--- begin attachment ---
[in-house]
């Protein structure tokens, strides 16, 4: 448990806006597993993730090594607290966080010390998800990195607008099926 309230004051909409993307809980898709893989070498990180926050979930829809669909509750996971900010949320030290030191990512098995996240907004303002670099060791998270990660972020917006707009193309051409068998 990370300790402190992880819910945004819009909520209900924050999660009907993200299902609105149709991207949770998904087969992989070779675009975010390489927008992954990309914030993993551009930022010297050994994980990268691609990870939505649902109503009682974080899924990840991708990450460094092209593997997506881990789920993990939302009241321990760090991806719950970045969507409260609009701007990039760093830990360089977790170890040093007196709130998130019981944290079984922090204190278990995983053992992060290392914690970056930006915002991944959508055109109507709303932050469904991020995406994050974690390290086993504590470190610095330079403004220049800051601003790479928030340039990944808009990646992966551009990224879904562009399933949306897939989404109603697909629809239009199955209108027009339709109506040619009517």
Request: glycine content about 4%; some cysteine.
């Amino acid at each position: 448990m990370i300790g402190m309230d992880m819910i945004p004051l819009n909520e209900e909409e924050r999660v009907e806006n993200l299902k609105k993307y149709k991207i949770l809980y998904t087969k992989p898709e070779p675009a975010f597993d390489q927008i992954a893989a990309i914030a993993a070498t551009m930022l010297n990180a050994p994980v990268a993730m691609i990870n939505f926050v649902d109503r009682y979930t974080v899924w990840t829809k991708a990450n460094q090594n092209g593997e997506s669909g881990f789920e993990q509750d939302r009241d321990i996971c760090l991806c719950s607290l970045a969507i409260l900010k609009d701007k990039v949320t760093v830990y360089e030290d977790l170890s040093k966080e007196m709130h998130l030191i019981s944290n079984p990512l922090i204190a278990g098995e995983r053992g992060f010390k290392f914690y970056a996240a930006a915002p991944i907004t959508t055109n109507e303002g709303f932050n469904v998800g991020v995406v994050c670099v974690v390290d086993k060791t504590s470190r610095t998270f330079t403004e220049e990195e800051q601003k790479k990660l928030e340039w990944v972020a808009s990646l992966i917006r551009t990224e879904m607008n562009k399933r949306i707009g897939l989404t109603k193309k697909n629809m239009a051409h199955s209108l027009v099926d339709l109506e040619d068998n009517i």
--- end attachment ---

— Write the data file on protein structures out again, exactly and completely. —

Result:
[in-house]
């Protein structure tokens, strides 16, 4: 448990806006597993993730090594607290966080010390998800990195607008099926 309230004051909409993307809980898709893989070498990180926050979930829809669909509750996971900010949320030290030191990512098995996240907004303002670099060791998270990660972020917006707009193309051409068998 990370300790402190992880819910945004819009909520209900924050999660009907993200299902609105149709991207949770998904087969992989070779675009975010390489927008992954990309914030993993551009930022010297050994994980990268691609990870939505649902109503009682974080899924990840991708990450460094092209593997997506881990789920993990939302009241321990760090991806719950970045969507409260609009701007990039760093830990360089977790170890040093007196709130998130019981944290079984922090204190278990995983053992992060290392914690970056930006915002991944959508055109109507709303932050469904991020995406994050974690390290086993504590470190610095330079403004220049800051601003790479928030340039990944808009990646992966551009990224879904562009399933949306897939989404109603697909629809239009199955209108027009339709109506040619009517």
Request: glycine content about 4%; some cysteine.
């Amino acid at each position: 448990m990370i300790g402190m309230d992880m819910i945004p004051l819009n909520e209900e909409e924050r999660v009907e806006n993200l299902k609105k993307y149709k991207i949770l809980y998904t087969k992989p898709e070779p675009a975010f597993d390489q927008i992954a893989a990309i914030a993993a070498t551009m930022l010297n990180a050994p994980v990268a993730m691609i990870n939505f926050v649902d109503r009682y979930t974080v899924w990840t829809k991708a990450n460094q090594n092209g593997e997506s669909g881990f789920e993990q509750d939302r009241d321990i996971c760090l991806c719950s607290l970045a969507i409260l900010k609009d701007k990039v949320t760093v830990y360089e030290d977790l170890s040093k966080e007196m709130h998130l030191i019981s944290n079984p990512l922090i204190a278990g098995e995983r053992g992060f010390k290392f914690y970056a996240a930006a915002p991944i907004t959508t055109n109507e303002g709303f932050n469904v998800g991020v995406v994050c670099v974690v390290d086993k060791t504590s470190r610095t998270f330079t403004e220049e990195e800051q601003k790479k990660l928030e340039w990944v972020a808009s990646l992966i917006r551009t990224e879904m607008n562009k399933r949306i707009g897939l989404t109603k193309k697909n629809m239009a051409h199955s209108l027009v099926d339709l109506e040619d068998n009517i």